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Impersonating Famous People

When impersonating famous people, there is a right way and a wrong way. The right way is of course, to have been a fan of the person and can at least, somewhat act or copy the person in some way. The wrong way is to simply take advantage of the celebrity as a simple look alike and ride their coattails to fame and glory. Considering that impersonating is the most sincerest form of flattery, one should at least be able to play the part too. Unless of course, one was hired this way simply as a decoy in some fashion.

Impersonating famous people has been around for centuries. Often it was the kings and queens who were the most impersonated and usually not in a very good light. Although, with the advent of Hollywood and the star persona, this has been followed with the impersonations of many different folks.

Sometimes, these impersonations can be quite accurate. For example, Rich Little was absolutely great at impersonating many famous people and more recently, the television show Saturday Night Live has always fared well with their versions. Especially, Tina Fey, who did the Sara Palin impersonation and it literally made her an overnight sensation.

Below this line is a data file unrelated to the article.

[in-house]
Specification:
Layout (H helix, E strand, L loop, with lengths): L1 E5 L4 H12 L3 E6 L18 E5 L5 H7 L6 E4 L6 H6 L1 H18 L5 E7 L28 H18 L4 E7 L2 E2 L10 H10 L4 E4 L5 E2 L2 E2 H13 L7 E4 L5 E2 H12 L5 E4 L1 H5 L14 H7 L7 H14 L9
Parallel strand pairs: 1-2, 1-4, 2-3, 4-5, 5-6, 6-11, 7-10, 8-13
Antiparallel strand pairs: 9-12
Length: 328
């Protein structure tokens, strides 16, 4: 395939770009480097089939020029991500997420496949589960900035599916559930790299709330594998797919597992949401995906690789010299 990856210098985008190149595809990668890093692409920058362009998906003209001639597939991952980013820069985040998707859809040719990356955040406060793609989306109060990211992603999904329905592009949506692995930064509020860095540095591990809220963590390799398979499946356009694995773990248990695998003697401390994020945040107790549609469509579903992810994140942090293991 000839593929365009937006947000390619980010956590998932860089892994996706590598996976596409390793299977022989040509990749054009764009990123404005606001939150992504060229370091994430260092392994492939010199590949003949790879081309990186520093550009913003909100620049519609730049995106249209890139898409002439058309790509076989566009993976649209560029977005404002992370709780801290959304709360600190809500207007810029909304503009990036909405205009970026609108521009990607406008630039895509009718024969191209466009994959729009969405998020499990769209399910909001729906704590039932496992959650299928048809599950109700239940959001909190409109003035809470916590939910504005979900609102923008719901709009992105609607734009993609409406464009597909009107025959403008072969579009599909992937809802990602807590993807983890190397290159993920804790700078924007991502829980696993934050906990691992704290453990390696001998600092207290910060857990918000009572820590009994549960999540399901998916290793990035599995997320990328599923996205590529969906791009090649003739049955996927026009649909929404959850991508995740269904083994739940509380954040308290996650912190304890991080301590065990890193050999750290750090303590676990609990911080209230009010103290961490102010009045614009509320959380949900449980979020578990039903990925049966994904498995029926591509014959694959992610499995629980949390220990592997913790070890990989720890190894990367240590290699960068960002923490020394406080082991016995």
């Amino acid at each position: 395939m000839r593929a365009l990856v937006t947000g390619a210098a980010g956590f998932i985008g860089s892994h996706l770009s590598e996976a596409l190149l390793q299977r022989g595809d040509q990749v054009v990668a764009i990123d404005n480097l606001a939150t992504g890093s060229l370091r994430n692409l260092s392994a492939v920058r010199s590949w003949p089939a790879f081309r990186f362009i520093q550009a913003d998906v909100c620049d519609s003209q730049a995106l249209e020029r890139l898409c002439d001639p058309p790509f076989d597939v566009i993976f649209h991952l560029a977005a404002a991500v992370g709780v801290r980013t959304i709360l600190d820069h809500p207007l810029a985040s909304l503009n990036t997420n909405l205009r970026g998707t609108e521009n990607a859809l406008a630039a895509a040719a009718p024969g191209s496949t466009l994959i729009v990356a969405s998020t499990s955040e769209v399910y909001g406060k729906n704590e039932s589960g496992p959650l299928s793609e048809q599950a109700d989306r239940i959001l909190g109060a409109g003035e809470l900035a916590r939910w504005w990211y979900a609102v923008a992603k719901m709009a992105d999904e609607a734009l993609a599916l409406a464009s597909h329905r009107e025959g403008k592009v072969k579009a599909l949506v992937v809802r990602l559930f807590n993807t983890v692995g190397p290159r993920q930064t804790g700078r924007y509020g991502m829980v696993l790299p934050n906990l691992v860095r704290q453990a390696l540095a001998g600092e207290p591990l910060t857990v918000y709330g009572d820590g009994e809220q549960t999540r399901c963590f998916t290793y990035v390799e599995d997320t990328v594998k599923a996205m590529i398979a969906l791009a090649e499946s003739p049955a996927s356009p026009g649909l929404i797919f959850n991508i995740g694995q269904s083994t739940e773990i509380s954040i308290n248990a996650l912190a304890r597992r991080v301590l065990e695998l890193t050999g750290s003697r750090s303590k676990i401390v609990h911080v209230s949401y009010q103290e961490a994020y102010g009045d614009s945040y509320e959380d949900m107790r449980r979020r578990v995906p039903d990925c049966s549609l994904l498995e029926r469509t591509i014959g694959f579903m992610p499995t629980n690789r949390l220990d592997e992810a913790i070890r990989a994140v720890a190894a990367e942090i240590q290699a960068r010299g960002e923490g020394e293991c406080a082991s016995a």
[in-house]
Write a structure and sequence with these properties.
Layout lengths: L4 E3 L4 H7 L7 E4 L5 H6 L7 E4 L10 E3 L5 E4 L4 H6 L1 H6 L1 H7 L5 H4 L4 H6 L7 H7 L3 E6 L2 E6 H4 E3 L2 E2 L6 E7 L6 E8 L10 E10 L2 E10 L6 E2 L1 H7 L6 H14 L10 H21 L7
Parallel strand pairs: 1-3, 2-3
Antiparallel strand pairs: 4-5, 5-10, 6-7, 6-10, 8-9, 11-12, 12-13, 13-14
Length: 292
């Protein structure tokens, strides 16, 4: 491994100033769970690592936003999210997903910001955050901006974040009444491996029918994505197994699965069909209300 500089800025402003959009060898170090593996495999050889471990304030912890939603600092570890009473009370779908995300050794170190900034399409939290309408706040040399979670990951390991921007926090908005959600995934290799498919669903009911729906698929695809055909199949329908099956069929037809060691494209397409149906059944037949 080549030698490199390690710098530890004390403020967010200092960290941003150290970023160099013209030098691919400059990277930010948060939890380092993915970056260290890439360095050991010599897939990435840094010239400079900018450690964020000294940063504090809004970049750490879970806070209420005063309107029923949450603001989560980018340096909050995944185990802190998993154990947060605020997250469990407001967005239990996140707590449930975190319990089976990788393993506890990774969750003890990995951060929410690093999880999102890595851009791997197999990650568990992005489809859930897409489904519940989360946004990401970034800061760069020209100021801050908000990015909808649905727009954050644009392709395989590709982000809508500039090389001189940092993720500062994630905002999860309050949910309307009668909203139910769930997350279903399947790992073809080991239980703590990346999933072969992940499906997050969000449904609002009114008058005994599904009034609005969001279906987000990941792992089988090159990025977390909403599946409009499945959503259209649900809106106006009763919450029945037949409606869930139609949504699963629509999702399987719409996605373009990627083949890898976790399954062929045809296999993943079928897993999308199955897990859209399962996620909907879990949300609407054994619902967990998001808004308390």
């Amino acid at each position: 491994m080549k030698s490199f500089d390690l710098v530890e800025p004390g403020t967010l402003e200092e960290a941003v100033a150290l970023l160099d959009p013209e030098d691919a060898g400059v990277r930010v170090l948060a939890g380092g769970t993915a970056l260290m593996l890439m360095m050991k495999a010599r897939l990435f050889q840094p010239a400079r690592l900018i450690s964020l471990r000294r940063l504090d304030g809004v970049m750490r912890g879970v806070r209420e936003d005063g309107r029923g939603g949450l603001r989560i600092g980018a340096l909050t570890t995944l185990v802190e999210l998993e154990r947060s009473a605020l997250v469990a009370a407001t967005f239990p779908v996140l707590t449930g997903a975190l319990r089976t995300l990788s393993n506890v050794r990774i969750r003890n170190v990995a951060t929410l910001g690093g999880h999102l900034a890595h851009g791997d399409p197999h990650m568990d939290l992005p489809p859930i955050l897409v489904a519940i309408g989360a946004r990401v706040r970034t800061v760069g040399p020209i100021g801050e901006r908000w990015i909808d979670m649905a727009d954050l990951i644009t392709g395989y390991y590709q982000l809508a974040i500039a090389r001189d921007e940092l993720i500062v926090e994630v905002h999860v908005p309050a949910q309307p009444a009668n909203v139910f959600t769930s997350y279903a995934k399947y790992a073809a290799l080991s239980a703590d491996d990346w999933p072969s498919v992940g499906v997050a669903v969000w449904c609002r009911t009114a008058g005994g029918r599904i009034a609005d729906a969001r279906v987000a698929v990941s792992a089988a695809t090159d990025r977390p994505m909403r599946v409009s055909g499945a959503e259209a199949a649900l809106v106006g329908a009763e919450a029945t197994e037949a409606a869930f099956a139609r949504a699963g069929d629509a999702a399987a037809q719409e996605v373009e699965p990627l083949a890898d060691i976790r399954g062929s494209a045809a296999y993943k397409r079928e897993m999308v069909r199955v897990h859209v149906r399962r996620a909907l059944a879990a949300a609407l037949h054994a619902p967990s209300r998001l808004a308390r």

Then there was the movie “Catch Me If You Can” and starred Leonardo Di Caprio as a man who impersonated many not so famous people such as an airline pilot, and would literally get away with it. Therefore, his impersonations would have had to be exquisite in their own right.

Regardless, does one have to choose specifically a famous person in order to properly impersonate? For example, there are many clowns that will usually be available for birthday parties and such. Does this mean that these clowns have to be famous clowns such as Emmit Kelly of Ringling Brothers Barnum and Bailey fame. Of course not, we all have our perceptions of what a clown is supposed to be and many times, it is the goofy and funny clown that we usually think of and expect when we order that special delivery for little Johnny’s birthday party. This is a generalized version of impersonation.

Now, on the other hand, if one is playing Elvis, then one is expected to look and act, as well as probably sing at least somewhat like the original king of rock and roll. That is our expectations and we will accept no less. This is where the clown has at least some leeway in improvisation and where Elvis will not.

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